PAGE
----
Another area of concern is the fermentation time; sourdough breads greatly benefit in form, texture, appearance, and flavor with the slow proofing they undergo—often more than 24 hours. Straight doughs, on the other hand, are barely proofed for a couple of hours because the concentrated form of yeast used is more aggressive and doubles the size of the dough quickly. In a commercial context, these breads are pumped with extra yeast (making them smell “yeasty”) and are pushed through proofing chambers that accelerate the yeast activity even further. This rushed activity does not allow the gluten strands to relax and elongate in order to trap large bubbles of air in order to make the resultant loaf light and airy. To counter this, the commercial bakeries add more questionable stuff to the bread—stabilizers and emulsifiers and whatnot—it goes on—like a lie that needs to be hidden so another lie needs to be told. That is where the problem is—not in the use of yeast but in the method employed.

Besides, for people just starting out with baking (and bread making in particular, as is the case with most of us in India), sourdough breads can be a tad intimidating. Straight doughs or breads made using the direct method prove to be more reassuring and help us understand and appreciate the science of bread making before we delve into the more complex world of sourdoughs.

So, how does one make a healthy, flavorful and rustically beautiful loaf of bread at home?

  • Best flour: Use the most unadulterated flour you can find. Use organic, use local. Try and get your own flour milled if you can—give the local chakki wala reason to continue. Do not add gluten or improvers to it. Instead, try adding a small percentage of coarse wheat bran or oat flour to improve the texture.
  • Less yeast, more time: Use good quality commercial yeast but don’t be tempted to add too much—a little will go a long way if you allow the dough to proof over a longer period of time. Overnight retardation is the most practical answer to bread making at home when you are pressed for time; besides, the 6-8 hour proofing contributes a complex flavor profile enhancing the naturally sweet nuttiness of the grain.
  • Leftover ferment: Pinch off a small ball of dough every time you make bread and refrigerate it for a couple of days before you mix it with a new, larger batch of dough. This mimics the effects of a sourdough culture and brings maturity of flavor.

Yeast isn’t the beast after all—just thought I’d help clear the air.

Comments (6)

  1. Shanti August 16, 2016 at 6:22 am

    I absolutely loved the post. I’ve been reading Crumbs and the way you’ve described every aspect of breadmaking makes me just want to learn more and try it all out. Thank you for always inspiring me to cook and write!

  2. Elizabeth Nelson August 17, 2016 at 6:11 am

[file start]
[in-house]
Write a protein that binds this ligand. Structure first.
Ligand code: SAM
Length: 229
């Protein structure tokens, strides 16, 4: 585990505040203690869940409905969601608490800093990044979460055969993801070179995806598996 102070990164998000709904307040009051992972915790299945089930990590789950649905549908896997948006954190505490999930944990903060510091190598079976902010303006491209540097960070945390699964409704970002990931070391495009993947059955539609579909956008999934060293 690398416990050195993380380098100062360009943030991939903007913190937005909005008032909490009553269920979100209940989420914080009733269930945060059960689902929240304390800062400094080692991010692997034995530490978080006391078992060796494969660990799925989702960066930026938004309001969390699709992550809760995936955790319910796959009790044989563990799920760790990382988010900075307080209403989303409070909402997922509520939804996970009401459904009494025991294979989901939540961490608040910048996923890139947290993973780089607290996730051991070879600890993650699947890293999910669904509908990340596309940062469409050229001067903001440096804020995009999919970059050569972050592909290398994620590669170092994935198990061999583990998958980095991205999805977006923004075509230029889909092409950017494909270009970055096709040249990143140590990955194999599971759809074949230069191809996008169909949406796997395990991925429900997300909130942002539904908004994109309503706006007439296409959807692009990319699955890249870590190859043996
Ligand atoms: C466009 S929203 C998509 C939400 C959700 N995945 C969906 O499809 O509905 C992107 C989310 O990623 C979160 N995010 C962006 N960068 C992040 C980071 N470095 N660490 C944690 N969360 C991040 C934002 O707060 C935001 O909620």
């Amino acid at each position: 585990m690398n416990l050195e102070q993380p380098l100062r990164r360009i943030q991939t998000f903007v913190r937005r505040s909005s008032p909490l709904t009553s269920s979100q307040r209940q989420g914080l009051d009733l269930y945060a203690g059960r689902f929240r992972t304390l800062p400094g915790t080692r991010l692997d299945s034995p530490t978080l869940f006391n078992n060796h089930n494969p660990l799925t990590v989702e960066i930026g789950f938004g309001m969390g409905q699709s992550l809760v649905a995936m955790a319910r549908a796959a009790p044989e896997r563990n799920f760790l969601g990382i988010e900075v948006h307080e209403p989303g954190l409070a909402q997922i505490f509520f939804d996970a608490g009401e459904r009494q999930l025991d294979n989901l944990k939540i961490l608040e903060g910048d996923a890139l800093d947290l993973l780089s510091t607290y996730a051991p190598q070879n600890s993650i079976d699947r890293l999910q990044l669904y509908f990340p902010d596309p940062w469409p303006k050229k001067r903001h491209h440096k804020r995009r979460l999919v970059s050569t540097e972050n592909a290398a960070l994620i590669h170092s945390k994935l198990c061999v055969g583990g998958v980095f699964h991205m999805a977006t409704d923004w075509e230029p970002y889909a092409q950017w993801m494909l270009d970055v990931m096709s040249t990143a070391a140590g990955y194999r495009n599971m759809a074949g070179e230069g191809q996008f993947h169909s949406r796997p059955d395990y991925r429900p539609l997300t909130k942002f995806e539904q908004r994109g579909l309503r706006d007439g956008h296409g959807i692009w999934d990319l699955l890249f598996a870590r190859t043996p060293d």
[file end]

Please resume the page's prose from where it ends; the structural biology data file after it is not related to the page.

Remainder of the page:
I was so excited to see this great post in my inbox! I have been baking our bread more years than, to look at your darling portrait, you have been alive–conventional, sourdough, poolish boosted, etc. etc. Your essay makes an excellent and attractive case for those who may never have thought that baking their own delicious bread is totally in the realm of the possible, no matter who they are or how busy their lifestyle. And as we both know– once you get started, there’s no turning back!

  3. themadscientistskitchen September 16, 2016 at 6:22 am

    I picked up crumbs from the library n I had to pick it up. I must say I am thrilled. Okay I have baked breads but never ever understanding the absolute basics. I know n have studied yeast but the understanding now is different from before. I love the book. Now as for yeast being bad for health why not stop breathing even the air is polluted. Live life you get it just once.

    • Elizabeth Nelson September 19, 2016 at 8:10 am

      It’s not the yeast itself that’s bad– it’s all that “stuff” they put in it to give it a longer “shelf life” and to cater to what they think the consumer wants. There are so many ways to work bread baking into your life! You can do slow, slow rise, for example, if you are going to be out for a good part of the day, or put it to rise overnight and bake in the AM, etc. — for this, take a look at Jim Lahey’s website, the author of My Bread (can you get the book in India?). Also, Artisan Bread in 5 Minutes a Day by Jeff Hertzberg and Zoe Francois, there is a book and a website. Here is a good version in metric measures that I use:

      You should be able to find recipes for refrigerator raised bread dough of the more conventional types at American flour company websites, such as Gold Medal Flour.

      With the help of Crumbs and its information, I’m sure you would be able to adapt these recipes to the ingredients available to you in India or elsewhere!

  4. golden triangle packages September 22, 2016 at 5:23 am

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  5. Property Lawyer Delhi August 2, 2017 at 2:30 am